Successor to the Compact Disc?

The CD was revolutionary, of course, because it is a digital audio recording. Although digital audio recorders had previously been used professionally, the CD was the first digital medium available to the general public.

It has now been more than 25 years since the compact disc was introduced to the world. We might remember that there were—and still are—those who disparaged the sound of the CD, preferring the venerable vinyl disk, which has become a collector’s item. The CD was revolutionary, of course, because it is a digital audio recording. Although digital audio recorders had previously been used professionally, the CD was the first digital medium available to the general public.


The technical characteristics of the CD reflect the state of the technology at the time it was developed. The audio data on the CD is in the form of PCM, or pulse code modulation. In PCM, the amplitude of the analog audio waveform is sampled periodically, and the samples are quantized: Each sample is assigned one of a number of specified values or quantization steps. The number of quantization steps available depends on the bit depth, which is 16-bits in the case of the CD.

Each sample has to be represented by a specific quantization step, but any given sample’s value may not fall precisely upon a step; in which case the step closest to the sample’s value is assigned. The distance between the sample’s actual value and the nearest quantization step is called quantization error, and the aggregate of quantization errors is known as quantization noise.

It can be seen that quantization errors are really signal-related distortion components, not uncorrelated noise. The greater the number of quantization steps available, the closer any given sample is likely to be to a quantization step, so quantization noise is an inverse function of bit depth—the more bits available, the lower the quantization noise. The bit depth of CD audio is 16-bits, which means that there are 216 or 65,536 discrete quantization steps available.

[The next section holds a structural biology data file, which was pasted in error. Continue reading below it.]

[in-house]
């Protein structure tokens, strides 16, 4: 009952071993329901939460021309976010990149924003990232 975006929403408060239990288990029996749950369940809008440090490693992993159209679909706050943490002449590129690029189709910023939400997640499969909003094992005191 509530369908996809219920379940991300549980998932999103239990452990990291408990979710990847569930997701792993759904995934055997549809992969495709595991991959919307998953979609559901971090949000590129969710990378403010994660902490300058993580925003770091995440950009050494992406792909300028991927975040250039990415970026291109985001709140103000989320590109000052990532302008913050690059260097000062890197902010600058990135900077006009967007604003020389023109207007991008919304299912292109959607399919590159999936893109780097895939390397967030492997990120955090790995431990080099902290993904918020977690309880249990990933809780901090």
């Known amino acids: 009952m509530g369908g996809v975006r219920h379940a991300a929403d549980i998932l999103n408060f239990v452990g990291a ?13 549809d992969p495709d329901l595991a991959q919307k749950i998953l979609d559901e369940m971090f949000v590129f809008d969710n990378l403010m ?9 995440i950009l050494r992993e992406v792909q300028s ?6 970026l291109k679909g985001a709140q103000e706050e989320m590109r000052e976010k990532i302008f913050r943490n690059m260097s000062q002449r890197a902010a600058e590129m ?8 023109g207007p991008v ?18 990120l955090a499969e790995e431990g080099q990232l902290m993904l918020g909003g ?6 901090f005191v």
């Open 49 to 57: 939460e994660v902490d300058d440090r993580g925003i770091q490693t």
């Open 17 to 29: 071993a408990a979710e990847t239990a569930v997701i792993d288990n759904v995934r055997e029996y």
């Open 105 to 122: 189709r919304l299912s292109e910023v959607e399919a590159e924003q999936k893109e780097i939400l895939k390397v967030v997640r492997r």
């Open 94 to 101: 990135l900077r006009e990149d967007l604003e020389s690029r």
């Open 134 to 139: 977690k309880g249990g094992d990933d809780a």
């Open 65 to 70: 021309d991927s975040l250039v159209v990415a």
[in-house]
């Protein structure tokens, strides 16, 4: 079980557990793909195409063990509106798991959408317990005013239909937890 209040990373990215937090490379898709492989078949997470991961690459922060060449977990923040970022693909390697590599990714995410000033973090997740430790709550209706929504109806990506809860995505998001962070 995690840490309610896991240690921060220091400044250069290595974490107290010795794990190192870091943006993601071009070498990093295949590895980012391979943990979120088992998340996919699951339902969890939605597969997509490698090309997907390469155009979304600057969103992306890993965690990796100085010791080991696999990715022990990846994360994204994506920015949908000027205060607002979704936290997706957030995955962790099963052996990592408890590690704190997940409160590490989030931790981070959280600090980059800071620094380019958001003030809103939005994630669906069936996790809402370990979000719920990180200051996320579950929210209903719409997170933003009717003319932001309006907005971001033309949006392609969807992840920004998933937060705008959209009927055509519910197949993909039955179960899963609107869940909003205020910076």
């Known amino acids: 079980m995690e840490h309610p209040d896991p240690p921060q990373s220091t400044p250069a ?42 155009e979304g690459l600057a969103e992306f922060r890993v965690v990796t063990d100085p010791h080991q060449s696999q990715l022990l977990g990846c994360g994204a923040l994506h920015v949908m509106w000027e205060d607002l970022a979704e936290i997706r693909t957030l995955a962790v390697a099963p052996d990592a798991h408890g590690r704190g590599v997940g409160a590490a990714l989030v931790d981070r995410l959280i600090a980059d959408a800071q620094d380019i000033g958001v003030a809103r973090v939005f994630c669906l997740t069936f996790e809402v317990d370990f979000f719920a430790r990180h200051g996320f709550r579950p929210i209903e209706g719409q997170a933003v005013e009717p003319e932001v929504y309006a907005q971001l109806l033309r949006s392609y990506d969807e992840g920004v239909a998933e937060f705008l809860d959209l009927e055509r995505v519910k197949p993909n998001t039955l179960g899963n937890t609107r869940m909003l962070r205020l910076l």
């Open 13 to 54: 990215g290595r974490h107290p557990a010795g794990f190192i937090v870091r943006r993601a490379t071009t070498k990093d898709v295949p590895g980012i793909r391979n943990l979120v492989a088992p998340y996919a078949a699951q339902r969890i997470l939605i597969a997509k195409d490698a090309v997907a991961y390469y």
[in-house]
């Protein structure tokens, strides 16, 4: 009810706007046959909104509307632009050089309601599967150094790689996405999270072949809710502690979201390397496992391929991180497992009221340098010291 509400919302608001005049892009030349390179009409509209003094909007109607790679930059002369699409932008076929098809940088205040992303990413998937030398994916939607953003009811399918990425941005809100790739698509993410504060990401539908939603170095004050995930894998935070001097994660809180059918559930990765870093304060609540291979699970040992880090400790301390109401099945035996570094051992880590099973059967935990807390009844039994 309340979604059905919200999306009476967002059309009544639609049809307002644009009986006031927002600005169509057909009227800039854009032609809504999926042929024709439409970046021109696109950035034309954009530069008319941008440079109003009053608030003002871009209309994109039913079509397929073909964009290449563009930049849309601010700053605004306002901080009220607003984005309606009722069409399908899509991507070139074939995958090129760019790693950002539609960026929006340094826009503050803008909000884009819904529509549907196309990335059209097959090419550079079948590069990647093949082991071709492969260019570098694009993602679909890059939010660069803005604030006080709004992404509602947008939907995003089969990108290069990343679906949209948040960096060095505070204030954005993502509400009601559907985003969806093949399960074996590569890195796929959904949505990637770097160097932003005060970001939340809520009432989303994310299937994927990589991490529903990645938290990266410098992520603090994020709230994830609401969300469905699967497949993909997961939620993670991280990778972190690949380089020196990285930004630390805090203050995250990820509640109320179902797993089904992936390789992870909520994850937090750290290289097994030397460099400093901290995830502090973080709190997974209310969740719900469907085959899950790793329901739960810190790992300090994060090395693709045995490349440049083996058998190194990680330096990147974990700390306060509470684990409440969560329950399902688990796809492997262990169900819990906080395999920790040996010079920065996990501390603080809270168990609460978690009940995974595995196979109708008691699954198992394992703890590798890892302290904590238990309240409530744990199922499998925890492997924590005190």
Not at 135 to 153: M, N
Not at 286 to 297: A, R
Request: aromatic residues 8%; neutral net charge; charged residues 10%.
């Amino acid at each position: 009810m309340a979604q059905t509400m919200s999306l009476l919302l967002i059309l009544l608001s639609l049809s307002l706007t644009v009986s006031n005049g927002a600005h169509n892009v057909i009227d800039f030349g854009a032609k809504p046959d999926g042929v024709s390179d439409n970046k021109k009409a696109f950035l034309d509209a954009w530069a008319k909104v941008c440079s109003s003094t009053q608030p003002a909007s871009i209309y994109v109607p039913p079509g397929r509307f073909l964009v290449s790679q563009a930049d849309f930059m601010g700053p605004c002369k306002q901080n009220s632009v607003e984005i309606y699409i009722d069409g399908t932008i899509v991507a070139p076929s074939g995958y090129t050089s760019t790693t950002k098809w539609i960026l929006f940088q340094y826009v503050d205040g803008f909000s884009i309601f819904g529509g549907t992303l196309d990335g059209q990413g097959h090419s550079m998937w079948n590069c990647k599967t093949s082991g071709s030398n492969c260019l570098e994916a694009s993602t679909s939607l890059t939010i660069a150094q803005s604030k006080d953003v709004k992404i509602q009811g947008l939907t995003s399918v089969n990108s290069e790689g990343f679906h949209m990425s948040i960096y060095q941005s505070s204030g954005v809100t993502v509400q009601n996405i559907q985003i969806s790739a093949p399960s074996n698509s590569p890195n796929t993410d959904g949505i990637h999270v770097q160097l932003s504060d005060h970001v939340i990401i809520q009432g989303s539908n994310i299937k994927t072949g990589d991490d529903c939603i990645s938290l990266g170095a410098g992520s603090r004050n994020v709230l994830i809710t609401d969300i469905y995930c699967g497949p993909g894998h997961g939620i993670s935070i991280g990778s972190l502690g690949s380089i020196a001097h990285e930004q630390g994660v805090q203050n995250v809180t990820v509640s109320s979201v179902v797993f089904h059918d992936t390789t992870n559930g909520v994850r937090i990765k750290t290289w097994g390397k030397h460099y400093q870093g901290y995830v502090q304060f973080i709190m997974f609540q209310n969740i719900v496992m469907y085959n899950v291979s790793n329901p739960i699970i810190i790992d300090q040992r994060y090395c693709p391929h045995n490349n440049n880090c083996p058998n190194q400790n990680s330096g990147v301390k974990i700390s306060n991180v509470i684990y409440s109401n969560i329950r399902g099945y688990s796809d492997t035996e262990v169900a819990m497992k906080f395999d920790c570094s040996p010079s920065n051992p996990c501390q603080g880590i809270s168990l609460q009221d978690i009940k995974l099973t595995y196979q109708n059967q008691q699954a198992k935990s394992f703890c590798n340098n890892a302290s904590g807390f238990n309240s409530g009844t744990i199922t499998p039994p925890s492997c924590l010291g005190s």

PCM audio is subject to the Sample Theorem, which states that in order to perfectly reconstruct a sampled waveform, at least two samples must be taken per cycle. This means that no frequency higher than twice the sample frequency may be accurately represented in the reconstructed analog output. In the case of the CD, the sample frequency is 44.1 kHz. Half of 44.1 kHz is 22.05 kHz, and in order to avoid aliases, signals input to the sampler/quantizer must be limited to this frequency or lower.

If all the foregoing conditions are met, the reconstructed analog output waveform of such a system will be a perfect representation of the original analog waveform with some quantization noise added. In addition to the anti-alias filtering required before the analog signals are sampled and quantized, there must be reconstruction filters on the digital-to-analog conversion side, to remove the images, which are harmonics of the sampling frequency.

We note here that the above principles apply to any waveform that is sampled and digitized using PCM, including audio and video. A notable example of PCM-coded video is the ITU 601 component digital SD video with which we are well familiar. In many cases, including HD video, some form of data compression is used, as PCM coding generates an impractical quantity of data.


The developers of the original Compact Disc have now developed the Super Audio Compact Disc, which, instead of PCM, uses a coding technology called Direct Stream Digital or bitstream coding. DSD makes use of sigma-delta 1-bit conversion. Delta modulation has been with us for some time, having been developed in the 1950s. As its name implies, it takes account of the signal’s amplitude delta—the amplitude change between a sample and the sample that precedes it. In essence, the sigma-delta A/D converter is a simple device. It uses a negative feedback loop to accumulate the analog audio waveform over each sample period.